Editor's note: The author of this profile twice served as Urnov's dramaturg.
Yury Urnov knows apocalypses. He directed Anne Washburn’s post-apocalyptic drama Mr. Burns, a post-electric play at the Wilma Theater, in 2018. However, being Russian has prepared him more for the uncertainty and chaos of an apocalyptic pandemic. “We are permanently living in this feeling of apocalypses all around,” he says of his home country. “Even on a very sunny day with no coronavirus, everyone lives in this internal environment of the world falling apart.”
It’s no surprise, then, that Urnov’s work favors high stakes, risk, and provocation. “That’s kind of the point [of theater], that we can do things in this environment that we probably shouldn’t be doing in real life.”
Over the next three years, Urnov will bring that philosophy to the Wilma as one of three co-artistic directors who will lead the company alongside co-founding artistic director Blanka Zizka. Called “The Next Chapter,” this leadership model also includes Philadelphia playwright, director, and performer James Ijames and Brooklyn-based director Morgan Green. Each will serve as lead artistic director for a season, with Urnov piloting the 2020/21 season.
Urnov received his MFA from the Russian Academy of Theatre Arts in 2000 and has directed steadily across Russia, Europe, and Africa. “I’m born into the directorial system where interpretation is what is happening, meaning-wise,” he says, citing German provocateur Thomas Ostermeier and Polish auteur Krystian Lupa as influences. The theater he strives to create is festive, exciting: “something that is not feeding the more sober daily system of our society. Something on its margins, but also extremely attractive and vibrant.”
Leading the way
In 2009 he moved to the United States as a Fulbright Scholar in Residence at Maryland’s Towson University, serving as a director and cotranslator of plays from the New Russian Drama, a movement at the turn of the millennium that pushed theater in provocative and political directions. He later found artistic homes at several experimental-leaning companies across the country, such as Washington, DC’s Woolly Mammoth Theatre Company, where he is a company member, Austin’s Salvage Vanguard Theater, and San Francisco’s Cutting Ball Theater.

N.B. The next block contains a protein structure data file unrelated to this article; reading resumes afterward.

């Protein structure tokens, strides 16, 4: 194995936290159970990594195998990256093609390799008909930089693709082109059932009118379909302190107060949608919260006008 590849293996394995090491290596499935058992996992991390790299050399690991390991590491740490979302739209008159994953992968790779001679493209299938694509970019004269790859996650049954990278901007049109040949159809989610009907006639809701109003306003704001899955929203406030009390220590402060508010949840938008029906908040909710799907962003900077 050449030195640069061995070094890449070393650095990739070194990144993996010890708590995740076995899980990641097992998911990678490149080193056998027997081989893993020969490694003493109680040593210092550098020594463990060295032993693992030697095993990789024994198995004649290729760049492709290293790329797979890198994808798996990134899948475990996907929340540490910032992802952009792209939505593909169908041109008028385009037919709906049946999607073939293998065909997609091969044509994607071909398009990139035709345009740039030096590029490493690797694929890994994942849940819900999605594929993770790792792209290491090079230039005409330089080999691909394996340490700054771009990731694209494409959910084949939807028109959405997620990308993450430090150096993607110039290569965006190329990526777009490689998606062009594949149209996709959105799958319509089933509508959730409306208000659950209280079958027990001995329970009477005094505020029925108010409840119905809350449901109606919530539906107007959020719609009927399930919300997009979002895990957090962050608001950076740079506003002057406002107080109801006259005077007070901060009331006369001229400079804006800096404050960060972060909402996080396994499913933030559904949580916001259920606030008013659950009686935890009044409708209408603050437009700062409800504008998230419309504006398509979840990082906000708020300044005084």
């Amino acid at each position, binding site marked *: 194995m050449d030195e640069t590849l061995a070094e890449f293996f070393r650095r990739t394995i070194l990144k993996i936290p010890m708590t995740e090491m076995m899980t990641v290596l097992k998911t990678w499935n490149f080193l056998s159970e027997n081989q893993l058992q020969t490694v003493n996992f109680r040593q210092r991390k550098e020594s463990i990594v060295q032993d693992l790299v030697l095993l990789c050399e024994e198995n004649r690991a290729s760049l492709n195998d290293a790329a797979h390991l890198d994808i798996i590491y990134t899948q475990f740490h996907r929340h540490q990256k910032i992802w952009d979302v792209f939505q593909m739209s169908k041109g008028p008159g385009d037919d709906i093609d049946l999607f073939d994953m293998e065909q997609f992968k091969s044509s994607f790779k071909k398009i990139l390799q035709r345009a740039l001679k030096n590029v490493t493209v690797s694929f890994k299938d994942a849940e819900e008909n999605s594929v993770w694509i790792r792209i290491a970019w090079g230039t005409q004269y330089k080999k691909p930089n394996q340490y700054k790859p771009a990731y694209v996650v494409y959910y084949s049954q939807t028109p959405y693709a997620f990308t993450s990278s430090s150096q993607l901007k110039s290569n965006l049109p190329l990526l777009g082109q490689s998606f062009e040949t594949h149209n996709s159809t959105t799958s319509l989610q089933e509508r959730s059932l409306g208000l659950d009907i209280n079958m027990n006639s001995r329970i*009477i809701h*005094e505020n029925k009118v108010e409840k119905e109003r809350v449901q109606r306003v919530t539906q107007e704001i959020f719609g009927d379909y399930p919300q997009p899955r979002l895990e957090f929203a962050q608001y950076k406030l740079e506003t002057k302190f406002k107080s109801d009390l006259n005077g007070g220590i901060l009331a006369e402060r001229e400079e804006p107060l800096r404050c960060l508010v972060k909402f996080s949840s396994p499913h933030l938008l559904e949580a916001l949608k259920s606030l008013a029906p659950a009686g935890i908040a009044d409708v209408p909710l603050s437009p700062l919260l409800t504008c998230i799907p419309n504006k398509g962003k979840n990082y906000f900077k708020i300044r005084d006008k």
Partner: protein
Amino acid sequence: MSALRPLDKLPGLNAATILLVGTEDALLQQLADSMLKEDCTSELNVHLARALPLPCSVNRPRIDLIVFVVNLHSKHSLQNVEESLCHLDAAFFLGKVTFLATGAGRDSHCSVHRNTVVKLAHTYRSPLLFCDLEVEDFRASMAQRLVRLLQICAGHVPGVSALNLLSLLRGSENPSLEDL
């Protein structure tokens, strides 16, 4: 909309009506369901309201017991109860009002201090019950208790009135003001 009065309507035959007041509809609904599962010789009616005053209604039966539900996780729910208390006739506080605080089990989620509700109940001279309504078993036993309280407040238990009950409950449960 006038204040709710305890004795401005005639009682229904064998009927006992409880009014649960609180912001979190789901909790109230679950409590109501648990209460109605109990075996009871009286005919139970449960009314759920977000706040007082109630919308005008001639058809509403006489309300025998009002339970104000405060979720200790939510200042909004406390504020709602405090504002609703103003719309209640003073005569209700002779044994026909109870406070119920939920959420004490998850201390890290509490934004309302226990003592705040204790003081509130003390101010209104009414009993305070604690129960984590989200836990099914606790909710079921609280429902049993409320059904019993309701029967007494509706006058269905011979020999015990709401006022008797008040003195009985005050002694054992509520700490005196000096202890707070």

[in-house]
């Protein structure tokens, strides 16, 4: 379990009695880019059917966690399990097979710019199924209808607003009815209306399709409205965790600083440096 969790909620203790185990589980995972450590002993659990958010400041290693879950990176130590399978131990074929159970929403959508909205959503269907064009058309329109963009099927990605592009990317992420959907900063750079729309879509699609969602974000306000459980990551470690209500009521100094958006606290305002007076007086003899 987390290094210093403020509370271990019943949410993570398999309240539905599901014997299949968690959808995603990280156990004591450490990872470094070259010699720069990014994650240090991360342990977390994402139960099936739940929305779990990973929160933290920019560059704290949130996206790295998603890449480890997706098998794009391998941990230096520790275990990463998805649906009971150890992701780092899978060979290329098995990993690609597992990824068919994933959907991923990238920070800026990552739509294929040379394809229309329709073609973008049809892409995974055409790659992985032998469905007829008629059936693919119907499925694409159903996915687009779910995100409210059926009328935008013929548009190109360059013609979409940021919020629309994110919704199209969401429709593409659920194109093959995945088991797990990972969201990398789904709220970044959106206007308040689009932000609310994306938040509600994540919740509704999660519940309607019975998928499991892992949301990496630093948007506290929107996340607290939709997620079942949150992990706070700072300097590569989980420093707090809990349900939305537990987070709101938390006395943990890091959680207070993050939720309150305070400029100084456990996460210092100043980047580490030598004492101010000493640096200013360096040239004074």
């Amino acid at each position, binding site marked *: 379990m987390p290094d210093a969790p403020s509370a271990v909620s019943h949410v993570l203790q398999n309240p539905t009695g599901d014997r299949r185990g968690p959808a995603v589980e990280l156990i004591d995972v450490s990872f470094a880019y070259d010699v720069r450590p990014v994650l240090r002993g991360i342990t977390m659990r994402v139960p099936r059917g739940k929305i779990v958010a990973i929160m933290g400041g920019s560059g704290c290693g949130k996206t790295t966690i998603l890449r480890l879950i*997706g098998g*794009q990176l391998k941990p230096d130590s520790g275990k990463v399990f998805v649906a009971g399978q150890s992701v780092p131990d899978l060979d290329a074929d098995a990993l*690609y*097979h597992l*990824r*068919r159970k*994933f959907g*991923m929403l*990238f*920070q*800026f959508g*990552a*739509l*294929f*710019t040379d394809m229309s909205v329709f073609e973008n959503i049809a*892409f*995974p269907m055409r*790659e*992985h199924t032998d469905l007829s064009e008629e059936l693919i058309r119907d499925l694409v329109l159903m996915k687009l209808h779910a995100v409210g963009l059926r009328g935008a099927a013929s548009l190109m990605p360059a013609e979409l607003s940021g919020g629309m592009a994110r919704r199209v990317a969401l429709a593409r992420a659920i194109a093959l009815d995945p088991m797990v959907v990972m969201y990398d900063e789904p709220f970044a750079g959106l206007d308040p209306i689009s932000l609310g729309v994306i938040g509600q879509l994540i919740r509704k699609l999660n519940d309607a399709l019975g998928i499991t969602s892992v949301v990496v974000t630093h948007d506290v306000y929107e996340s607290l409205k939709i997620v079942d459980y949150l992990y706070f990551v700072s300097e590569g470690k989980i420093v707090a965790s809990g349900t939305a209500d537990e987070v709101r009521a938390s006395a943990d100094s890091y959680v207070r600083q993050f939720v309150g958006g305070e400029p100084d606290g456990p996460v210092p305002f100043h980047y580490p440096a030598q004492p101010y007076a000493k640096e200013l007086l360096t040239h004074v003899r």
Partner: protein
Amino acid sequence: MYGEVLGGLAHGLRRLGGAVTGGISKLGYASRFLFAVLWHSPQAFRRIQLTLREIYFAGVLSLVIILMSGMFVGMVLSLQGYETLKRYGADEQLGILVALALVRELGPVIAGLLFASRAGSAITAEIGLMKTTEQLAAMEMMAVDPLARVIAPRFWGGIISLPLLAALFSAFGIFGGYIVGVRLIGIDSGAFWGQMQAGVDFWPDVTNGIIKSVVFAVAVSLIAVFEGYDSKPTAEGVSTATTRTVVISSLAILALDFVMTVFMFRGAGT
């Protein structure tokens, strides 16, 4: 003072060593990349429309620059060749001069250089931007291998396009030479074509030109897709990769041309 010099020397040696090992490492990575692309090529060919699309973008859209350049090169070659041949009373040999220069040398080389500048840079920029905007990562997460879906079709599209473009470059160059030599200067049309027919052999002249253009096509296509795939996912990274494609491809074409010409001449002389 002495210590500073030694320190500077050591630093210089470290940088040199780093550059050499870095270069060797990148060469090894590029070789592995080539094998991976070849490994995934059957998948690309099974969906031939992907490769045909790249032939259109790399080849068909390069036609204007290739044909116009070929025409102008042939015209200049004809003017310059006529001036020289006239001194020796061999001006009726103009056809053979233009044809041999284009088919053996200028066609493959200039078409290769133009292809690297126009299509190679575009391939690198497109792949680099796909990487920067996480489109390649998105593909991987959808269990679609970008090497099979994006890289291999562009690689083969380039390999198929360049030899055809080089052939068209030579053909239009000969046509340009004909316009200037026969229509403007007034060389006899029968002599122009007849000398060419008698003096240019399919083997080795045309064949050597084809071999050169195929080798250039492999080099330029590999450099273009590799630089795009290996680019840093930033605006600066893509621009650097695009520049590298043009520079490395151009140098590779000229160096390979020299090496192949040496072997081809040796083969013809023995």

He began working at his latest home, the Wilma, with their resident artist company HotHouse around five years ago. Urnov appreciates the continuity and shared vision that working with a company of artists allows, particularly in an art form as ephemeral as theater. “The training, the experience, the theatrical language that they’re working on together, the aesthetic, stays with the actors.” Furthermore, he says, “it’s a very supportive environment, very forgiving, where you can try and fail. That’s a huge present for a director.”
Urnov and his new colleagues are planning for the future, including changing course if they must. This includes their annual fundraiser, Fête 2020, which will broadcast online May 3.
Urnov sees digital performances as positive moves toward greater access and inclusiveness. “Hopefully, some rules with recording productions and sharing them will change and open this other door for broader audiences," he says. "That’s what theater is lacking.”
What, When, Where
The Wilma Theater’s Fête 2020 will feature Martha Graham Cracker and stream online May 3. More information is available here.